Traditional Mobile VPN Challenges
Like many companies, AdRoll saw networking pains grow as the company matured. Internet performance was a problem for the company’s offsite contractors. They had to establish virtual private network (VPN) connections to the company’s San Francisco firewall and from there they connected to the Internet and AWS. The traffic backhaul created a chokepoint, adding latency and saturating the San Francisco Internet connection.
Redundancy was also an issue. Locations were equipped with dual firewalls for local redundancy, but there was no geo-redundancy. Should the San Francisco site become inaccessible, the contractors were unable to work. “It puts a lot of stuff in one basket,’” says AdRoll’s Global Director of IT, Adrian Dunne, “Once, the VPN on our primary firewall rebooted. Suddenly, 100 engineers couldn’t work anymore.”
Onboarding new users was cumbersome, particularly for contractors whose machines AdRoll did not control. Dunne and his team had to send them configuration instructions for their VPN clients. “Using the Mac’s management software to push out VPN configurations to users was a pain,” he says.
There were also security issues as the VPN required users be granted access to all network resources not specific applications. Nothing prevented a user who only needed access to the company’s Web application, for example, from using SSH to connect to the company’s routers. “Traditional VPNs meant opening the door to everything,” says Dunne.
Ultimately, Dunne found the appliance-centric approach to mobile connectivity constrained his operation. “When we moved our San Francisco office, we had to treat our firewall relocation like an organ transplant,” he says, “We ran down the stairs with the firewall, jumped into a running car, drove across the city, and ran it up the stairs to minimize downtime. That’s not scalable or how I want to live my life.”
Cato Globally Optimized and Secure Mobile Access
Dunne and his team had already experienced the value of cloud services with AWS. It provided his broader IT efforts with redundancy, geo coverage, and backhaul elimination. He wanted to mirror that success with his VPN solution, which is why he turned to Cato.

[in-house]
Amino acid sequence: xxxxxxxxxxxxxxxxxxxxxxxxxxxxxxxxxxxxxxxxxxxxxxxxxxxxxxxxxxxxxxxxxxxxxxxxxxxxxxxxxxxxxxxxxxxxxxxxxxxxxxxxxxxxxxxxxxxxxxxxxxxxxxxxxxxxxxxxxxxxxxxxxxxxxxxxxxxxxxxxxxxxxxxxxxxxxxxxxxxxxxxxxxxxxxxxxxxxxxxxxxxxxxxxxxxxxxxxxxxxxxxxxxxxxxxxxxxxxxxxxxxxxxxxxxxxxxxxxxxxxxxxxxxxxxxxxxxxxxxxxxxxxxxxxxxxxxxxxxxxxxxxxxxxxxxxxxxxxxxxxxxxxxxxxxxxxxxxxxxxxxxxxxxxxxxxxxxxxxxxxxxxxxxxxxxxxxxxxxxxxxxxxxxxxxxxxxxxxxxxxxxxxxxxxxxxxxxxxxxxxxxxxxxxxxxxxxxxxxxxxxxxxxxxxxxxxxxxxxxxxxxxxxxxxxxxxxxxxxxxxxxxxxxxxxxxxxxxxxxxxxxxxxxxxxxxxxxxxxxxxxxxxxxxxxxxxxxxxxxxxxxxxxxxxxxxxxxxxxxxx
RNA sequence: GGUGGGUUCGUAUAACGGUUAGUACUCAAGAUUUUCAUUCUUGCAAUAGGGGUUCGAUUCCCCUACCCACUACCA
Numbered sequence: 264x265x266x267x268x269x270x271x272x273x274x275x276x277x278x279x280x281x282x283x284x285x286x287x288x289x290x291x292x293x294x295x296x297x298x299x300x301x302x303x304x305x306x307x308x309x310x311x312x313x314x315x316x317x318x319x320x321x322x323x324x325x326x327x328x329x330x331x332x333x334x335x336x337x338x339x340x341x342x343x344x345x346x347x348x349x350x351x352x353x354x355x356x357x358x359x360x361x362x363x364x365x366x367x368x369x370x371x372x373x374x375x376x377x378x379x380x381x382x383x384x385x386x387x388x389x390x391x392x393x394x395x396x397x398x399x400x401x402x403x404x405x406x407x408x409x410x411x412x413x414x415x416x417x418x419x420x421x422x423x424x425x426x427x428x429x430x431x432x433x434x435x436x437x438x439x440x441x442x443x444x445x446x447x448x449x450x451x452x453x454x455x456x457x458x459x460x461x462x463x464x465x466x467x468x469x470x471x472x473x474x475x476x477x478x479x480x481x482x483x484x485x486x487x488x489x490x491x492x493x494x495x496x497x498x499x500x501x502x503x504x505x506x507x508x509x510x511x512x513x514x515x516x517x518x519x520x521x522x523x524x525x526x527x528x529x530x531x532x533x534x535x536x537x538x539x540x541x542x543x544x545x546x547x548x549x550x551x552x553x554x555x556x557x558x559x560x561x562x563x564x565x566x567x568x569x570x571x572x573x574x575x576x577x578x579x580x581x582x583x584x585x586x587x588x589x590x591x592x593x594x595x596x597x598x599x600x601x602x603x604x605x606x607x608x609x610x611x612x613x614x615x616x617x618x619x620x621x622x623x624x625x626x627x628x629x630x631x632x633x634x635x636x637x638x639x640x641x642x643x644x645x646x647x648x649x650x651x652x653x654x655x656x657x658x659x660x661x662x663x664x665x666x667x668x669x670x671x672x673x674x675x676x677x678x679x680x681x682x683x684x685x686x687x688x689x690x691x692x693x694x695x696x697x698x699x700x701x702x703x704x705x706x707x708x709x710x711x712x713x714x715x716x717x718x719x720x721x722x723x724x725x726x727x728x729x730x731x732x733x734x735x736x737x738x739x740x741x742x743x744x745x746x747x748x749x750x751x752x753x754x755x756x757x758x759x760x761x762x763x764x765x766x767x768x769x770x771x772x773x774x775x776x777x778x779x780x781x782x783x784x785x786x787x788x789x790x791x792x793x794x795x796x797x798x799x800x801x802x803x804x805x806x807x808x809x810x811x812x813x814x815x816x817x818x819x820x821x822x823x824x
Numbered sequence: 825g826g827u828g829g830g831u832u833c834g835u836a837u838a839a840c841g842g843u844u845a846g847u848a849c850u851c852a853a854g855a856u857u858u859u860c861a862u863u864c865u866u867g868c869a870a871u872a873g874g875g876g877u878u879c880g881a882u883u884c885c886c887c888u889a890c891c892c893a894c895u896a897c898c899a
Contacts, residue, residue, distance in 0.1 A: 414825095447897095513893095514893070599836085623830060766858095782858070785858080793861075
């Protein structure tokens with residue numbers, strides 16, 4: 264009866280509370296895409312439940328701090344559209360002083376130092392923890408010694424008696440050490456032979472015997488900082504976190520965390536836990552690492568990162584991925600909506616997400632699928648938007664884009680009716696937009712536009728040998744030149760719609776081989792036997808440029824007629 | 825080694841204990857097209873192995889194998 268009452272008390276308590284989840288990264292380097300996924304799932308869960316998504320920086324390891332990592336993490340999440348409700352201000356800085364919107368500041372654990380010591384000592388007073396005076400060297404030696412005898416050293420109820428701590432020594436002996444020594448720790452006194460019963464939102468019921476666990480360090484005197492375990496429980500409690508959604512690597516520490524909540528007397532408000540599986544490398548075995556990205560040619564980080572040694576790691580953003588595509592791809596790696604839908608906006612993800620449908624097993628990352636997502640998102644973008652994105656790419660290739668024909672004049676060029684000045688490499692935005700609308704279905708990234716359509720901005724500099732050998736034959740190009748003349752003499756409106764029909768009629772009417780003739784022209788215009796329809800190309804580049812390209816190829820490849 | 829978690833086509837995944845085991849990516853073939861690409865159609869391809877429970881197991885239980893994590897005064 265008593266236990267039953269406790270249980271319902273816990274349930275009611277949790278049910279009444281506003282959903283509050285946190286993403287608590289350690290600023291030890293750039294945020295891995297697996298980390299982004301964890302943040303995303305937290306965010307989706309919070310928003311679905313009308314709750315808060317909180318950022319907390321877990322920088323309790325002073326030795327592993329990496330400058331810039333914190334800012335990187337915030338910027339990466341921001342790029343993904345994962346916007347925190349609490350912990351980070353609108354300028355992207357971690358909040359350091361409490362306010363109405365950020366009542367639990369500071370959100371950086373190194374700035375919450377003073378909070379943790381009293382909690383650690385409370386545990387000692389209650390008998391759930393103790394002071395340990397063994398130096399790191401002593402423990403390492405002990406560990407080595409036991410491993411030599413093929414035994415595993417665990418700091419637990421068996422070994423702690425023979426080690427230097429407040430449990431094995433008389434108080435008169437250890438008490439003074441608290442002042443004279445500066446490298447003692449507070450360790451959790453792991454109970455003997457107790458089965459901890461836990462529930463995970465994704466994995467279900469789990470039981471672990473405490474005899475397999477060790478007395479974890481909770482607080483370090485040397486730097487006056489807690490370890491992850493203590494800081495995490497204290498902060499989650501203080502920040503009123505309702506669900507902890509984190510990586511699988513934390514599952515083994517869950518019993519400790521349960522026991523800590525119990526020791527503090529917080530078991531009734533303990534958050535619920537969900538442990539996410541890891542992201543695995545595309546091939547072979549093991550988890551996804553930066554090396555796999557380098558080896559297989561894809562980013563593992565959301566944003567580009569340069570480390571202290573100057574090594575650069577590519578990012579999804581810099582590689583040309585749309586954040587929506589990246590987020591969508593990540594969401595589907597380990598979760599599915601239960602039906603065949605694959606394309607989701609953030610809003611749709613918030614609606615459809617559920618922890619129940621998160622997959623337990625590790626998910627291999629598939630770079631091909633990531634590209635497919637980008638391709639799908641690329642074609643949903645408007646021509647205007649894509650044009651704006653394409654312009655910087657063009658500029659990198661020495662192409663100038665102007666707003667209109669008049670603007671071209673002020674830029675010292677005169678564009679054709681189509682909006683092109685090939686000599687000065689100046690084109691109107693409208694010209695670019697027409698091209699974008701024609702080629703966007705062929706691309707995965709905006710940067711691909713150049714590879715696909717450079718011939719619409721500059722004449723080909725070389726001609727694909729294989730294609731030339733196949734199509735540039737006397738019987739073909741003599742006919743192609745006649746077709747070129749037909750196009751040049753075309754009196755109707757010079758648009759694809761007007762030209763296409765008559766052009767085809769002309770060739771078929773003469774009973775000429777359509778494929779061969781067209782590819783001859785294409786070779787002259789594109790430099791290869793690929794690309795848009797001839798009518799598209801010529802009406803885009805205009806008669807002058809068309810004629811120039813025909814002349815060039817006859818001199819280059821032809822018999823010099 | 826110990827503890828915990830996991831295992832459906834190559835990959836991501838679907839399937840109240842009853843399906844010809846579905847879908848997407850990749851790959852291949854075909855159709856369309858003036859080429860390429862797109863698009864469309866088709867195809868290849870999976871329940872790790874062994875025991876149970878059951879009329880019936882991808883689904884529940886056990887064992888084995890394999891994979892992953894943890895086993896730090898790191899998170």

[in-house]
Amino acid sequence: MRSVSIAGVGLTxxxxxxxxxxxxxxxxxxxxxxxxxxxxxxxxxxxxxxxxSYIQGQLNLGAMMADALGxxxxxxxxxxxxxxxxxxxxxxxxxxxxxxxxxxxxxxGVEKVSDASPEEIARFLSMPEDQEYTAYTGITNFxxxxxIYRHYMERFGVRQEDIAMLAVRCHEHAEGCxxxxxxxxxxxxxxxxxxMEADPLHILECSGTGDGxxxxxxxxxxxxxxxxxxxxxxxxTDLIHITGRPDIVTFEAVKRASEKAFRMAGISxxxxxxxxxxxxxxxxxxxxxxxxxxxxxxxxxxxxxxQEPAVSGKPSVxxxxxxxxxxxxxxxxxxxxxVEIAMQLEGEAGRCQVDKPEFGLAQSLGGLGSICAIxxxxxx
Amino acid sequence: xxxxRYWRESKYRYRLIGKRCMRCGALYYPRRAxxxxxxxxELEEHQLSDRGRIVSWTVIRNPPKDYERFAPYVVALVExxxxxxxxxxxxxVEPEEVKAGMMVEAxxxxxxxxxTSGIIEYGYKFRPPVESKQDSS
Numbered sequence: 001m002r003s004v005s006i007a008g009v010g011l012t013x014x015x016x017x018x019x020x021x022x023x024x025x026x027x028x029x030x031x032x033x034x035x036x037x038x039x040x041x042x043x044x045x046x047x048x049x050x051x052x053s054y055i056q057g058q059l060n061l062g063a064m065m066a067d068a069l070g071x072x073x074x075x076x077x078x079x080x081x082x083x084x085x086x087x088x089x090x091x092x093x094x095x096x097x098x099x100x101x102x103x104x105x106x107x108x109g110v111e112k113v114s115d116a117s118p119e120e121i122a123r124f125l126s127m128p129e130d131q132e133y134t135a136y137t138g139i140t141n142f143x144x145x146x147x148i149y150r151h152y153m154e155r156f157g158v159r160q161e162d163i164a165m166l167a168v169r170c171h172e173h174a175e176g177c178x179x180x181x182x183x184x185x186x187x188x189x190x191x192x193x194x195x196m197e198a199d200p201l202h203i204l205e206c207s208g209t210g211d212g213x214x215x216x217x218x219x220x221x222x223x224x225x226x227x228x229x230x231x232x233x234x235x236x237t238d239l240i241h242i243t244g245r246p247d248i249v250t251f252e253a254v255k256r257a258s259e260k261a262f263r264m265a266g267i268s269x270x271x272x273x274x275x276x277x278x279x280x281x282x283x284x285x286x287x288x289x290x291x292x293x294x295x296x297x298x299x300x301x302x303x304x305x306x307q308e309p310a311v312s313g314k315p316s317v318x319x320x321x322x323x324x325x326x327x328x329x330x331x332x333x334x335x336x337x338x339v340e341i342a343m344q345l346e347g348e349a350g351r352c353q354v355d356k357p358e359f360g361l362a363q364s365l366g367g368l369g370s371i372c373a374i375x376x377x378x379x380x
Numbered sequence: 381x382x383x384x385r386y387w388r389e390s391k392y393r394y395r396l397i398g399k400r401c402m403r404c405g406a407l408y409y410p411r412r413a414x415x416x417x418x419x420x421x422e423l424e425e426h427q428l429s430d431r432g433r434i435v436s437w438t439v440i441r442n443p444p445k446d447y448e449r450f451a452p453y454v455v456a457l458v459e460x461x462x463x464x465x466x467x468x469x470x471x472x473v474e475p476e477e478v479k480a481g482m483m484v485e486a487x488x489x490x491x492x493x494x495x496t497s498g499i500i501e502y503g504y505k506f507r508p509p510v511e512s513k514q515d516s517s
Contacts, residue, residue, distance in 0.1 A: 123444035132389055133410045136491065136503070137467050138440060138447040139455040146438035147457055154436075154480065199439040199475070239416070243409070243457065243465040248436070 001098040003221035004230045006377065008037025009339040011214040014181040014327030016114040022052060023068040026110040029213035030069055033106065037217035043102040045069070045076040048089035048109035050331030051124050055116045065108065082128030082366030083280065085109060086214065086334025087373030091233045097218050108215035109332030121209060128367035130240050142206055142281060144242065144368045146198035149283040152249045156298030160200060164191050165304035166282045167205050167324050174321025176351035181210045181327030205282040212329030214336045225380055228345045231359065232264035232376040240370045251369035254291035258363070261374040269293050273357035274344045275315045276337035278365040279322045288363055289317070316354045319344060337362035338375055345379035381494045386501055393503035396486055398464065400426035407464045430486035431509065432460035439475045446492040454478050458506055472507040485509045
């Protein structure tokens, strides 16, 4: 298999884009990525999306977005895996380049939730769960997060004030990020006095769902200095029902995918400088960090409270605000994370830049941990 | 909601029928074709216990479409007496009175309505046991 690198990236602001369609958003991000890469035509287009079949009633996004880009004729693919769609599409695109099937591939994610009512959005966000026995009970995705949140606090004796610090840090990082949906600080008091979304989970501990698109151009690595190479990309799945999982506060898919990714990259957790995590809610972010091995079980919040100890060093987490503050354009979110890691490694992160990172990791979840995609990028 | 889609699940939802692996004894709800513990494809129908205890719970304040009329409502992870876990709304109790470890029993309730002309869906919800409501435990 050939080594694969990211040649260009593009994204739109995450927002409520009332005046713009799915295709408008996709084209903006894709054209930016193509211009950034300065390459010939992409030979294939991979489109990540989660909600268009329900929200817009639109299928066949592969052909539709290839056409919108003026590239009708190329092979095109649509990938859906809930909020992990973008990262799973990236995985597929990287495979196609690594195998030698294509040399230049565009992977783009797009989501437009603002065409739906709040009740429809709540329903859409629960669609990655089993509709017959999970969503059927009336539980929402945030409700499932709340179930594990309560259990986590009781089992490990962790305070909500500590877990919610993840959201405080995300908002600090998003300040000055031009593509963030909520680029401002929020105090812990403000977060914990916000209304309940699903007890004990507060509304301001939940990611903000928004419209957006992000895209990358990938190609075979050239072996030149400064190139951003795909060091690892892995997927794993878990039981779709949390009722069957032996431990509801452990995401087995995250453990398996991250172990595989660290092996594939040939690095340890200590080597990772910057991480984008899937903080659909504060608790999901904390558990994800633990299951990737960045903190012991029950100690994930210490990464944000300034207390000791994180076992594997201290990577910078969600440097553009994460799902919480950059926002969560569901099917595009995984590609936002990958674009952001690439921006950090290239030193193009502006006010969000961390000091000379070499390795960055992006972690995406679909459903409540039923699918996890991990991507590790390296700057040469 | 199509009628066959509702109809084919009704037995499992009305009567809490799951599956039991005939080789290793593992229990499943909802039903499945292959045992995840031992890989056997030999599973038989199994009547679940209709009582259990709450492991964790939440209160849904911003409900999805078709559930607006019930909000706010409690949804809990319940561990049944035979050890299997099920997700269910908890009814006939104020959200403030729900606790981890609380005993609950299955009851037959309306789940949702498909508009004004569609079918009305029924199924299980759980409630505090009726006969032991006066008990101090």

Cato Cloud provides a global, SLA-backed backbone that connects remote mobile workers and branch offices to corporate resources, such as cloud datacenters, and enforces granular access policies.
With Cato, Dunne solved his contractors’ latency problems. Instead of backhauling their traffic to San Francisco, contractors now run the Cato mobile client and connect to Cato Cloud. The company’s Amazon AWS datacenter connected to the Cato Cloud using a Cato initiated IPsec tunnel. With both users and datacenters connected to Cato, a single network is formed. Traffic from mobile users is sent across the optimized backbone directly to AWS. Eliminating the San Francisco chokepoint also reduced the congestion on the San Francisco Internet line.
Onboarding new users became much simpler. “With Cato, we just send a user an invite to install the client,” he says, “It’s very much like a consumer application, which makes it very easy for users to install.” Perhaps the best measure of his success has been what users haven’t said. “From our users, we have peace and quiet,” he says, “Nobody will come and say, ‘Thank you for the VPN.’ They expect it to work, but silence is gold.”
Improved Security Posture is Good for Business
Cato also gave AdRoll better control over permissions for mobile users, determining the resources they can access at a very granular level. “With Cato, we can control what VPN access looks like for our contractors, sales people, and locations and that really spoke to us,” says Dunne. “Now there’s no concern about users getting into our routers,” he says.
Dunne and his team have also gained deeper insight into cloud usage. “Now we can see who’s connecting when and how much traffic is being sent, information that was unavailable with our previous VPN provider,” he says. “Correct oversight and monitoring of logs ties directly into the bigger security conversation.”
But more than providing “just” better management, Cato has helped AdRoll attract larger customers. “Fortune 500 customers do their due diligence and ask about access control, data flows, log review, and stuff like that in their RFPs,” he says, “Cato gives us the ability to tick the “yes” box and shorten the time to get in front of the customer. There was a direct impact on our bottom line.”